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Vitamin D deficiency may be linked to more severe cases of the coronavirus, according to two studies based on data from more than 20 different countries.
Researchers in both studies found that countries where people had low levels of vitamin D had a higher rate of severe COVID-19 cases and deaths than countries where people had adequate amounts of the nutrient.
More research is needed, but this finding could help explain why some people are more vulnerable to complications from the virus than others.
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If you’re looking for ways to protect yourself against the coronavirus, new research suggests that getting plenty of vitamin D could help.
Two new studies have linked vitamin D deficiency with coronavirus risks, suggesting that not having enough of the nutrient could make people more likely to experience serious complications if they are infected.
Lack of vitamin D could lead to immune system complications, worsening the virus if you do get sick, according to one study
In a study posted April 30 as a preprint, a research team led by Northwestern University looked at data on coronavirus cases in 10 countries, including China, Iran, Germany, Italy, and the US. They compared this to data on the levels of vitamin D among the population in those countries before the pandemic.
They found a strong correlation between vitamin D deficiency and severe COVID-19.
The study also found a strong correlation between vitamin D deficiency and a complication known as a cytokine storm, which occurs when the immune system goes into overdrive, worsening COVID-19 and potentially damaging the respiratory system.
“Cytokine storm can severely damage lungs and lead to acute respiratory distress syndrome and death in patients,” Ali Daneshkhah, a postdoctoral research associate at Northwestern and lead author of the study, said in a press release. “This is what seems to kill a majority of COVID-19 patients, not the destruction of the lungs by the virus itself. It is the complications from the misdirected fire from the immune system.”
A view of empty daybeds along a beach in Tumon bay on the island of Guam, a U.S. Pacific Territory, August 14, 2017.
REUTERS/Erik De Castro
Countries where people get adequate vitamin D could fare better against the virus
Another study also found that higher levels of vitamin D may be linked to better coronavirus outcomes.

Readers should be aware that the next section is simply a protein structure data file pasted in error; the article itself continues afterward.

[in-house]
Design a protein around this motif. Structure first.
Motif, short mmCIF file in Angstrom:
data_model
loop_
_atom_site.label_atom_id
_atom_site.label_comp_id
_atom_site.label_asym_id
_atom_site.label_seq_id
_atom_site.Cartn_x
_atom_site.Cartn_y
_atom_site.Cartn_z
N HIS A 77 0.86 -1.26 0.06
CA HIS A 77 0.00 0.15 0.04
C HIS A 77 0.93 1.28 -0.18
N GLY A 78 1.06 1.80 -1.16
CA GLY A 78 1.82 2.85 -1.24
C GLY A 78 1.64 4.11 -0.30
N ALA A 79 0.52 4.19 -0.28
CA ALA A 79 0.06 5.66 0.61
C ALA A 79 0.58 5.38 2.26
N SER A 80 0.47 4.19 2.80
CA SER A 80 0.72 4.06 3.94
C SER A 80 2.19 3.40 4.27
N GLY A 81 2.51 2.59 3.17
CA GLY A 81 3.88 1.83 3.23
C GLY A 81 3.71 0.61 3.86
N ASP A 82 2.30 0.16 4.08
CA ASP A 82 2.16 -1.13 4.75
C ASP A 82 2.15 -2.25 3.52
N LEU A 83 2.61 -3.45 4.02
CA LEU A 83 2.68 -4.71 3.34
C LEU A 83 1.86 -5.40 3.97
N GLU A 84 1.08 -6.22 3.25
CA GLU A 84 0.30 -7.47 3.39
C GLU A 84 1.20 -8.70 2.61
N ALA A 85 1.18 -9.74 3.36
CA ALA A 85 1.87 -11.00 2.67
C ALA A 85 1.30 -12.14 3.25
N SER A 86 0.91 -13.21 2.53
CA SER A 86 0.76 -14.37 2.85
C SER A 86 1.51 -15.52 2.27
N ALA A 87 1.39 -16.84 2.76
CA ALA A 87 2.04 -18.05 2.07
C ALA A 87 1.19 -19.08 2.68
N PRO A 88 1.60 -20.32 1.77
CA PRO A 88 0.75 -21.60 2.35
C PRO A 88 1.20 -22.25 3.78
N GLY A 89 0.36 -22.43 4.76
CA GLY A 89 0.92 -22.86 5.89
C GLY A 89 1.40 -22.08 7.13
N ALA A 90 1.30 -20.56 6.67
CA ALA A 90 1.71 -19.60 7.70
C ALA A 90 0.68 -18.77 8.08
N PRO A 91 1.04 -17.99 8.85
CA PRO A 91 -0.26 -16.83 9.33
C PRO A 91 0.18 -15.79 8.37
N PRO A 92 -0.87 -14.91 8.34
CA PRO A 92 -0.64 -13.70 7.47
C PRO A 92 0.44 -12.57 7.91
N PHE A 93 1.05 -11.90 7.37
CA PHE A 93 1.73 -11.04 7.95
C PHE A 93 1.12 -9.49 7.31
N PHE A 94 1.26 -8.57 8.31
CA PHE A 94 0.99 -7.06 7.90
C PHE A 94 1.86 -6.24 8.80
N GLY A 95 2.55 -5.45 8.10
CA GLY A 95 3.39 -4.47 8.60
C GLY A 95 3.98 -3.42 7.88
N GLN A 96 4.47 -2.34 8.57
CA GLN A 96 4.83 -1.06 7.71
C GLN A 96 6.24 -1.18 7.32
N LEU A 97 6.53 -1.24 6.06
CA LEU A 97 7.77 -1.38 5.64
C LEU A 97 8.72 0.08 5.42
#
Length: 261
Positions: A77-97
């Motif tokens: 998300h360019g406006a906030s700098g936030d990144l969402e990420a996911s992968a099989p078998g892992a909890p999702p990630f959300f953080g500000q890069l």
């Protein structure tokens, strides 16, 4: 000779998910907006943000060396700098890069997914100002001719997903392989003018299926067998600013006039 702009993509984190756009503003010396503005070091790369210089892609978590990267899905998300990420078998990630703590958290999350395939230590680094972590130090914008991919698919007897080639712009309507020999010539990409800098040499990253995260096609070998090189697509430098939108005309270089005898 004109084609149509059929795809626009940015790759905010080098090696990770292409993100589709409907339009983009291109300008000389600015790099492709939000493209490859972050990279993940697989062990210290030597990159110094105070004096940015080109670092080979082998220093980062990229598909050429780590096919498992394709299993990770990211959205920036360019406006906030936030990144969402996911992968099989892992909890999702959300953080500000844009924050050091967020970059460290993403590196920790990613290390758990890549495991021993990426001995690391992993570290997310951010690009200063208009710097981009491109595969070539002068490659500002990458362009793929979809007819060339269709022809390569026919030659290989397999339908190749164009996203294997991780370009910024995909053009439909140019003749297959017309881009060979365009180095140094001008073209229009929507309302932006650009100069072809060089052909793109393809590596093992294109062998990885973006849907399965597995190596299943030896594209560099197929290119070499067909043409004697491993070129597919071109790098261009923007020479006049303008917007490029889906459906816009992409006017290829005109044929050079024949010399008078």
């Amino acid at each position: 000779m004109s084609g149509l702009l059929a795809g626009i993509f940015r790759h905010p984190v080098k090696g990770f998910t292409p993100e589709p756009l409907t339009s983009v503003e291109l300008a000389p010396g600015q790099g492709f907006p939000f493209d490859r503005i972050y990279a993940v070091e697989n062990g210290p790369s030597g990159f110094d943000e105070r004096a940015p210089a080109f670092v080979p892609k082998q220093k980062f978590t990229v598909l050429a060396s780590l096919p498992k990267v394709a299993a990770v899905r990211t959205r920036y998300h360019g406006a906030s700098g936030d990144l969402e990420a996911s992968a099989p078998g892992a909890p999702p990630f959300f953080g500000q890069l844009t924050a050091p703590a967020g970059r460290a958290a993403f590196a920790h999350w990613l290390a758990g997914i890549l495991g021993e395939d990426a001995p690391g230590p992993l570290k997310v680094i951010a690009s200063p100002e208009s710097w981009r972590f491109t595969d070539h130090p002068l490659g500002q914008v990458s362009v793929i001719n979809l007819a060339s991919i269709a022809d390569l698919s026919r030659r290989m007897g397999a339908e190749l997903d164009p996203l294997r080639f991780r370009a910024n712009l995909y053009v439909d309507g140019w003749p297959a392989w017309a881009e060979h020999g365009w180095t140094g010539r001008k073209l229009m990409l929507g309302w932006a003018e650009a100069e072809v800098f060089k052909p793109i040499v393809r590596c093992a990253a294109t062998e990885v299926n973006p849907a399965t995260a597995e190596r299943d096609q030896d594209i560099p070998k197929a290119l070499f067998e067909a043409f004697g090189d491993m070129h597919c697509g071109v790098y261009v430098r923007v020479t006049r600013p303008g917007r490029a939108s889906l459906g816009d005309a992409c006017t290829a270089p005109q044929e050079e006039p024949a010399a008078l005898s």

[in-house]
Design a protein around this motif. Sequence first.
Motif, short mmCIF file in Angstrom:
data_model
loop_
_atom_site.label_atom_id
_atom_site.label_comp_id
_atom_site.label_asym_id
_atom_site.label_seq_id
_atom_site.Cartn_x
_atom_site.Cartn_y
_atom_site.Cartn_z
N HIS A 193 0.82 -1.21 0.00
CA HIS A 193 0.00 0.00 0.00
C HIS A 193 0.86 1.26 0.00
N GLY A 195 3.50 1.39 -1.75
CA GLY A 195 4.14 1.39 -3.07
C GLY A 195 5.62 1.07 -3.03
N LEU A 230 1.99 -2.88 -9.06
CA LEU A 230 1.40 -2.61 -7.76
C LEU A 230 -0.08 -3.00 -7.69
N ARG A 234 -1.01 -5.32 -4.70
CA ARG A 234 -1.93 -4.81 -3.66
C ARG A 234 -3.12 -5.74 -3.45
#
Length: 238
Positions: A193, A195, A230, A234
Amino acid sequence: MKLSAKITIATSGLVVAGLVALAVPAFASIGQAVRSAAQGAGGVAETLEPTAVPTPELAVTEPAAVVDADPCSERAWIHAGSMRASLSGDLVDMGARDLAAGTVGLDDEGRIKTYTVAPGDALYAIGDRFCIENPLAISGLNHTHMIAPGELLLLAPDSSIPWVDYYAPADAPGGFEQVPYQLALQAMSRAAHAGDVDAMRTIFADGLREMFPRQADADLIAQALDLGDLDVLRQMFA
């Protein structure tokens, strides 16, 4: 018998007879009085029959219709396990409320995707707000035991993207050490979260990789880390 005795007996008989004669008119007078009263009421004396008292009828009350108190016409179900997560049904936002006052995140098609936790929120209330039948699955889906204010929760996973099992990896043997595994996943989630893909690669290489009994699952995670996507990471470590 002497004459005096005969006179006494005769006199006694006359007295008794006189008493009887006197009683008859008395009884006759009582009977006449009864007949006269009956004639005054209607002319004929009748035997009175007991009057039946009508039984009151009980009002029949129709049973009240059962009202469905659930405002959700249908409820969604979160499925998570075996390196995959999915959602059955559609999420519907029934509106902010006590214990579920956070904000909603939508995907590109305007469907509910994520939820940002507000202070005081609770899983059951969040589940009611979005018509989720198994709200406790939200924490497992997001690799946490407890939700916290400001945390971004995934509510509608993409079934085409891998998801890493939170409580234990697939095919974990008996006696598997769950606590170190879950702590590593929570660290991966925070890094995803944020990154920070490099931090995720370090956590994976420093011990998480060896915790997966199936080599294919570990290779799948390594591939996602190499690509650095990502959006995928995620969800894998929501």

In the study, published May 6 in Aging Clinical and Experimental Research, researchers from the UK found that countries with a higher average level of vitamin D had a lower number of coronavirus cases and a lower mortality rate from the virus. They based their study on data from 20 European countries.
Italy and Spain, for instance, had a higher mortality rate than other countries in the study, and both had a significantly lower average level of vitamin D.
Northern European countries like Finland, Norway, Denmark, and Sweden, by contrast, had the highest average levels of vitamin D among the population, and saw a lower rate of cases and deaths from the coronavirus.
Researchers noted that this study was limited in that it didn’t account for the level of testing and other interventions in each country.
More research is needed to understand exactly how vitamin D influences coronavirus outcomes
The second study did not look at whether increasing vitamin D levels could lead to better outcomes for coronavirus patients. But it’s a prospect researchers are interested in exploring further.
“Vitamin D has been shown to protect against acute respiratory infections, and older adults, the group most deficient in vitamin D, are also the ones most seriously affected by COVID-19,” Smith said in a press release.
The results from the Northwestern study also suggest vitamin D might explain why some patients, such as the elderly, are more vulnerable to COVID-19, since they’re also more likely to suffer from vitamin D deficiency. Children, on the other hand, may be less susceptible to severe cases in part because their immune system may be less likely to overreact to the virus and cause complications like a cytokine storm.
But no vitamin is a cure-all, and this is no exception. If you’re already getting an adequate amount of vitamin D, from sunlight, food, or other sources, adding more won’t help. In fact, getting too much vitamin D can have negative side effects.
“While I think it is important for people to know that vitamin D deficiency might play a role in mortality, we don’t need to push vitamin D on everybody,” Vadim Backman, professor of biomedical engineering at Northwestern University and a lead researcher in the study said in a press release. “It will not prevent a patient from contracting the virus, but it may reduce complications and prevent death in those who are infected.”
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